Restaurant Maxim, London
In a London street, not known for its smartness, shone a beacon of culinary delight, providing dinners, suppers and dancing all for half a crown in 1914.
When the Imperial Austrian Exhibition was staged in Earls Court in 1906 the organisers established an Austrian restaurant providing admirable Austrian food as part of the experience. They brought over the son-in-law of the proprietor of the famous Rubezahl Café in the Austrian Highlands called Maximilan Lurion to become the manager and when Earls Court closed for the winter Lurion stay on.
Lurion decided to open a restaurant in central London and with a British syndicate bought a site on the corner of Wardour and Gerrard Streets. A small public house carrying a license was included in the sale and the entire plot was re-developed incorporating the saloon. The name of the restaurant was deemed to be a shortened version of Lorion’s Christian name and so Restaurant Maxim was born at 30 Wardour Street. The fact that it had the same name as the famous restaurant in Paris must have been a coincidence!
Although the area was not exactly fashionable the new restaurant was described as ‘a bright and cheerful place, in a neighbourhood where brightness is not the rule.’ The white exterior had touches of gilding on the wreaths that embellish the outer walls and there was a domed turret on the roof. Compact, yet elegant, the interior was handsomely appointed on three floors with a stunning balcony.
On entry there was a smart Commissionaire in a well fitting coat who welcomed you to the ground floor restaurant which was panelled in white with red-shaded lamps on the tables and some potted palms adding colour. The chairs were of white wood upholstered in green leather and the carpets a deep rose colour. The upper floor comprised a balcony looking down into the lower restaurant and there were rows of white curtained narrow windows and a brass ornamental rail surrounding the balcony. The walls were papered in deep red with white woodwork and classic white ornamentation and had large mirrors and panels showing the arms of the house displayed in proper heraldic colours (three stag’s heads on a shield with a boar’s head as a crest and two stags as supporters). There were two circular lines of tables one close to the railings and one against the walls and a string band played on this level which could also be heard below. Cut glass electroliers, some hanging some fixed to the ceiling, gave light both to the upper and lower restaurants. In the basement was a grill-room.
Maxim’s was of course in the land of bohemia and so the ambiance was relaxed and unrestricted with no pre-requisite about wearing clothes of ceremony.
The restaurant under Lorion, for whatever reason, did not succeed and it soon changed hands. By 1914, M. Ducker was the manager and there had been a struggle to bring it to its present state of prosperity. Oddly, some believed that the reputation of Maxim’s was far from spotless, that English society allegedly gave it a wide berth and it was regarded as ‘the meeting place of clandestine lovers.’ Most likely, after Lorion’s departure it had been regarded as a dubious place but the new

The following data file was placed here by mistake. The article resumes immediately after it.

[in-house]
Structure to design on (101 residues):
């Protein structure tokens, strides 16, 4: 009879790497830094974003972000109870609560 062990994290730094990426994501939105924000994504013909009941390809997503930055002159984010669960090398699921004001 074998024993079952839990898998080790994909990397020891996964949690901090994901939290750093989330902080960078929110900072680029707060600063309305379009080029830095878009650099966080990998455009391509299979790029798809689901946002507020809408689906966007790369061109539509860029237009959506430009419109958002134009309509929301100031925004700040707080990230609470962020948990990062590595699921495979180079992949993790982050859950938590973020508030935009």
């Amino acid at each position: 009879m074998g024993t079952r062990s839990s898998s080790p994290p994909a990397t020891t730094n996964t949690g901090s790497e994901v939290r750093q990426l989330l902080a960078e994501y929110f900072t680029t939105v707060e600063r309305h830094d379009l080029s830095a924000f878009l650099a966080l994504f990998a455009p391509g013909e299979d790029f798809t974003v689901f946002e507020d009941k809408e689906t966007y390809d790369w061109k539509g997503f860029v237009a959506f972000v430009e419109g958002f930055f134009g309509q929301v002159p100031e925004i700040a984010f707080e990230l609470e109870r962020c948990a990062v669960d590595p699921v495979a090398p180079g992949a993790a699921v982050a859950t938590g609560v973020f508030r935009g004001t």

The menu in 1914 included Hors d’oeuvre a la Russe, Consomme Chiffonnette, Crème Gentilhomme (thick green soup flavoured most likely with spinach), Supreme de Barbue Nicoise (fish with pink accompaniment of tomatoes and shrimp), Carre de Pre-Sale Bourguignonne, Pommes Fondantes, Poulet en Casserole, Salade and Glace Chantilly or Fraises Melba. What a feast.
During the early 20s the growth and popularity of dinner and dancing prompted a change and a new, much improved parquet floor was added and dances were orchestrated in the central part of the main room. Eventually, the restaurant must have been bought by a new owners who turned into a dancing hall and café called Revelle’s Club that opened Thursday 1st March 1923. Dinners and suppers were still a feature but dancing to Hugh Mayo’s Reverie Revels was the main attraction. Opening hours were 7.-12.30am, with special gala nights twice a week until 2.30am and on Sundays the club opened 7pm to midnight. As an added treat a cabaret show was provided by the dancing of Flora Le Breton and Vincent Davies. Le Breton would have been a big draw. She had started off in the chorus of Murray’s cabaret and was then snapped up by film producers scoring a big success with the boxer Georges Carpentier in The Gypsy Chavalier in 1922 and was a hugely popular and well-known figure.
All images and text © copyright Gary Chapman / Jazz Age Club and must not be re-used without prior consent
Europe After 8.15 by H.L. Mencken
The Gourmet’s Guide to London by Nathaniel Newnham-Davis